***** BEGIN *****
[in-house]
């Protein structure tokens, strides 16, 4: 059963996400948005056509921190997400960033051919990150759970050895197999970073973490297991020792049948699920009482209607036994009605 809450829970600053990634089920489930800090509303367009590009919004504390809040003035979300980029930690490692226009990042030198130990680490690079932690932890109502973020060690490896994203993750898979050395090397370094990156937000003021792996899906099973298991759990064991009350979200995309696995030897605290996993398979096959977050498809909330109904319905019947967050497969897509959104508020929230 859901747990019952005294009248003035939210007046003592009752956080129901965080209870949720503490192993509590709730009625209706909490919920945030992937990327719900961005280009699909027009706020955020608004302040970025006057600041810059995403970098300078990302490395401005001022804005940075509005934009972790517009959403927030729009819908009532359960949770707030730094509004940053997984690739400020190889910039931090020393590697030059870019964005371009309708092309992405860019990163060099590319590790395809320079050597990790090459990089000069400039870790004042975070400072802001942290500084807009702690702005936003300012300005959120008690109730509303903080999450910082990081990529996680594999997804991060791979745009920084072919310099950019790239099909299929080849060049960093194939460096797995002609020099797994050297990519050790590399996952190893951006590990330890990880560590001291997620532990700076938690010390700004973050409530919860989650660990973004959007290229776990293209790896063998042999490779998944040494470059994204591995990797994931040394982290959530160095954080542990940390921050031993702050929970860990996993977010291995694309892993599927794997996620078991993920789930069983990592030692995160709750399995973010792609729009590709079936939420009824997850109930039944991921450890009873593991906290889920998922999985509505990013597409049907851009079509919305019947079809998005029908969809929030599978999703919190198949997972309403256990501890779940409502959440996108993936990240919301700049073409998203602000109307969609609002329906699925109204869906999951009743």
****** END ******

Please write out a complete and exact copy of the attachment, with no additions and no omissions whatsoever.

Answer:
[in-house]
């Protein structure tokens, strides 16, 4: 059963996400948005056509921190997400960033051919990150759970050895197999970073973490297991020792049948699920009482209607036994009605 809450829970600053990634089920489930800090509303367009590009919004504390809040003035979300980029930690490692226009990042030198130990680490690079932690932890109502973020060690490896994203993750898979050395090397370094990156937000003021792996899906099973298991759990064991009350979200995309696995030897605290996993398979096959977050498809909330109904319905019947967050497969897509959104508020929230 859901747990019952005294009248003035939210007046003592009752956080129901965080209870949720503490192993509590709730009625209706909490919920945030992937990327719900961005280009699909027009706020955020608004302040970025006057600041810059995403970098300078990302490395401005001022804005940075509005934009972790517009959403927030729009819908009532359960949770707030730094509004940053997984690739400020190889910039931090020393590697030059870019964005371009309708092309992405860019990163060099590319590790395809320079050597990790090459990089000069400039870790004042975070400072802001942290500084807009702690702005936003300012300005959120008690109730509303903080999450910082990081990529996680594999997804991060791979745009920084072919310099950019790239099909299929080849060049960093194939460096797995002609020099797994050297990519050790590399996952190893951006590990330890990880560590001291997620532990700076938690010390700004973050409530919860989650660990973004959007290229776990293209790896063998042999490779998944040494470059994204591995990797994931040394982290959530160095954080542990940390921050031993702050929970860990996993977010291995694309892993599927794997996620078991993920789930069983990592030692995160709750399995973010792609729009590709079936939420009824997850109930039944991921450890009873593991906290889920998922999985509505990013597409049907851009079509919305019947079809998005029908969809929030599978999703919190198949997972309403256990501890779940409502959440996108993936990240919301700049073409998203602000109307969609609002329906699925109204869906999951009743």